3-5 years: Rough and Tumble Play. Boisterous and physical activity done in a playful manner.
3-5 years: Games with rules. Participates in an activity with accepted rules or limits; displays shared expectations and a willingness to conform to agreed upon procedures; preset standard game or made up game.
Play skills are crucial to social and language development and should be fostered and developed. Atypical play behaviors include: no focus or intent; stares blankly; wanders with no purpose, attached to unusual object, perseverates on certain objects, lines up toys, focuses on parts of objects. If you notice your child is exhibiting some atypical play behaviors it may be time for a speech and language evaluation. Play skills are the way we learn to socialize with our peers and they must be addressed like any other developmental delay.
As a family centered clinician, I rarely take credit for my client’s progress. I know that it is what parents practice at home every day that helps the child reach their goals.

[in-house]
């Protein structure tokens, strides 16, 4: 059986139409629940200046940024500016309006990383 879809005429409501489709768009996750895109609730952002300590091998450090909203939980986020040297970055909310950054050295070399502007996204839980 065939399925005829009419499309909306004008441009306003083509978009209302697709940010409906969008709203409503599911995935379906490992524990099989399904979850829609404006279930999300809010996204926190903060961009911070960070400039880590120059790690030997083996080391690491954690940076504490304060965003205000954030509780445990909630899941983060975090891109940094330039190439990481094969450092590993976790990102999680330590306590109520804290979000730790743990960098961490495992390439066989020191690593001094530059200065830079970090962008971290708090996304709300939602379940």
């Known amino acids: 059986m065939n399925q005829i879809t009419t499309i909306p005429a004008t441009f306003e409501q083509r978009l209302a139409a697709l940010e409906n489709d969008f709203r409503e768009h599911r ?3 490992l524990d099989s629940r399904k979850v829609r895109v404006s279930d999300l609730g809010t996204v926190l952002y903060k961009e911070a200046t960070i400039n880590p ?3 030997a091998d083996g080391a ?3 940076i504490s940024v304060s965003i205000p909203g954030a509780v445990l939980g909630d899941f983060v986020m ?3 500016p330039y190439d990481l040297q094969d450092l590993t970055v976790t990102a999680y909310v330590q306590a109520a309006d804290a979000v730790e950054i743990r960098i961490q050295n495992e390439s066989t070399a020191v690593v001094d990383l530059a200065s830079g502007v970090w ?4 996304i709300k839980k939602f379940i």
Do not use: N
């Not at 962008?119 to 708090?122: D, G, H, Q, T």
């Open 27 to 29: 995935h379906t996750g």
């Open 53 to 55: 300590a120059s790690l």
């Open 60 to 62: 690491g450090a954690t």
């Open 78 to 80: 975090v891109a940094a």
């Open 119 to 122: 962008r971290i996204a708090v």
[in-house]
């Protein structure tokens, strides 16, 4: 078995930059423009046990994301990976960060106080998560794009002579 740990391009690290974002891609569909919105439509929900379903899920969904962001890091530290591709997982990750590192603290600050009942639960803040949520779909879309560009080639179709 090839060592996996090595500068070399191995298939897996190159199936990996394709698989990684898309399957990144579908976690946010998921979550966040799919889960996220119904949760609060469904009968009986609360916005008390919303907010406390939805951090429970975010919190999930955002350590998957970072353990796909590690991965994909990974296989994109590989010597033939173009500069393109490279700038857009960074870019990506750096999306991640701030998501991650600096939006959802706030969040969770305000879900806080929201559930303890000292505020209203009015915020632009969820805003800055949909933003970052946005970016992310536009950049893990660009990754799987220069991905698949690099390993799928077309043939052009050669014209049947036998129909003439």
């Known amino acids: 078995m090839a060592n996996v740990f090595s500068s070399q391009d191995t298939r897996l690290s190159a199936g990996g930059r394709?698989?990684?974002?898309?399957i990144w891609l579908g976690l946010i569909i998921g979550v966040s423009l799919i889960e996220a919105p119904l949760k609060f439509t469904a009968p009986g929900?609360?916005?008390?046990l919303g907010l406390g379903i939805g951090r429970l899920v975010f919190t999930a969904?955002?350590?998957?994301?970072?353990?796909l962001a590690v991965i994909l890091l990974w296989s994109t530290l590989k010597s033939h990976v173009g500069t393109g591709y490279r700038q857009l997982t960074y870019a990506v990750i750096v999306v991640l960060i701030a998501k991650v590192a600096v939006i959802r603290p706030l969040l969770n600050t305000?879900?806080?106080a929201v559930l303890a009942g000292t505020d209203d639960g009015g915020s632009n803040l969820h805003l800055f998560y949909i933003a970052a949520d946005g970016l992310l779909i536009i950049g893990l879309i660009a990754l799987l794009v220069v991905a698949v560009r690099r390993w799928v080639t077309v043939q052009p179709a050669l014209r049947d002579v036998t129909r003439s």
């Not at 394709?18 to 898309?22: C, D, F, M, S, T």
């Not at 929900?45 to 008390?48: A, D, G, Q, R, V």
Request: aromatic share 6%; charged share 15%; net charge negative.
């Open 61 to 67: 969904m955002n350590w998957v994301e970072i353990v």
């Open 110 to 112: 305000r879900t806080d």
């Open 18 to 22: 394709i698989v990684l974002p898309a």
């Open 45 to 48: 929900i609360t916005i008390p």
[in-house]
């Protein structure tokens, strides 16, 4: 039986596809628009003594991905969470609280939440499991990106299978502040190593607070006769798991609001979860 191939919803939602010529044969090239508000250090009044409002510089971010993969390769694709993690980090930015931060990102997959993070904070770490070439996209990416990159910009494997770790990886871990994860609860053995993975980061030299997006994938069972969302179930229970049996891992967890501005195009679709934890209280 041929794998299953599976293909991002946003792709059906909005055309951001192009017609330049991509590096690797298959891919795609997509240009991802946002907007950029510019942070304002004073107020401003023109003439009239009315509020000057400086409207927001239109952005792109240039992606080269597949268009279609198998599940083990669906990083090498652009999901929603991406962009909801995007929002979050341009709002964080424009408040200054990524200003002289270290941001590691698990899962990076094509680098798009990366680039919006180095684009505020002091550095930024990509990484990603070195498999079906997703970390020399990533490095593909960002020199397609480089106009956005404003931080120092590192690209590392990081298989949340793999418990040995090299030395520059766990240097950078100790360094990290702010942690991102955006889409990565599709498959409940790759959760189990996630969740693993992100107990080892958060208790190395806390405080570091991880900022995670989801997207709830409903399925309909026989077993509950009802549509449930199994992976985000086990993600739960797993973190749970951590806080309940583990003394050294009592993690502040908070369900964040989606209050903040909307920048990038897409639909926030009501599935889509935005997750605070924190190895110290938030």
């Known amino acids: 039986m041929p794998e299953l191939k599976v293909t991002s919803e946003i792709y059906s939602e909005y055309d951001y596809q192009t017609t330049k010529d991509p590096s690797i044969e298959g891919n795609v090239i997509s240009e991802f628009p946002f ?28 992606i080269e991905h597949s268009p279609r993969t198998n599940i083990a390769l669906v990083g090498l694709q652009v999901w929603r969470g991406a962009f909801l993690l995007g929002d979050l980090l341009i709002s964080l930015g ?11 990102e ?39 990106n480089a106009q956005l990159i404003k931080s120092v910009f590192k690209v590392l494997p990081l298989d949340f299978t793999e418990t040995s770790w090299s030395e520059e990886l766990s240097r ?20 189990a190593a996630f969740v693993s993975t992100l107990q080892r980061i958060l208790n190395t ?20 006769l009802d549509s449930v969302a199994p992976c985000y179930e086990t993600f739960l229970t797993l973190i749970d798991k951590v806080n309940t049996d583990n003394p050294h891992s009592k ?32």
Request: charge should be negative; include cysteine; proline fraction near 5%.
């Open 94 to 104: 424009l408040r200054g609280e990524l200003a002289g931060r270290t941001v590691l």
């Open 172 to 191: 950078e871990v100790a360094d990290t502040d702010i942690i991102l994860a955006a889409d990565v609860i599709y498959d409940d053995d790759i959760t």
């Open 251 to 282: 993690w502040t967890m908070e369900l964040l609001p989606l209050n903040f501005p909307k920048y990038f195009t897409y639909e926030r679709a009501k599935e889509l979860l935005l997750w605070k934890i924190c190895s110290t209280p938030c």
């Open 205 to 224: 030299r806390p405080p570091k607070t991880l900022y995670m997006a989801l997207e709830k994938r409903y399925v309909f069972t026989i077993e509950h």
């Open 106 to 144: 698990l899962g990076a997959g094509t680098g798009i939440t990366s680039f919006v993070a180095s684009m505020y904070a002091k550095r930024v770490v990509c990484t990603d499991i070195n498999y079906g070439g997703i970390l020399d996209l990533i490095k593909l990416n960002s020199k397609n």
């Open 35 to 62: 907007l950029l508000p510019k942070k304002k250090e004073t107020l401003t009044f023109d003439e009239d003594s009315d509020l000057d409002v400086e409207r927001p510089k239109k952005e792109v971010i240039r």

Today I decided to ask parents of my clients who have made rapid progress toward their speech therapy goals to tell me their secrets. What do they do at home that helps their child make progress so quickly?
Here are some of their tips:
- Set aside 20-30 min everyday at the same time to work on therapy goals
- Take advantage of every opportunity that arises to practice a goal, whether in the car, at a stop light, or at the park
- Involve everyone in the family, including Grandma! This helps goals generalize into new settings and with new communication partners. The more people that are helping your child with his goals, the faster he will achieve them.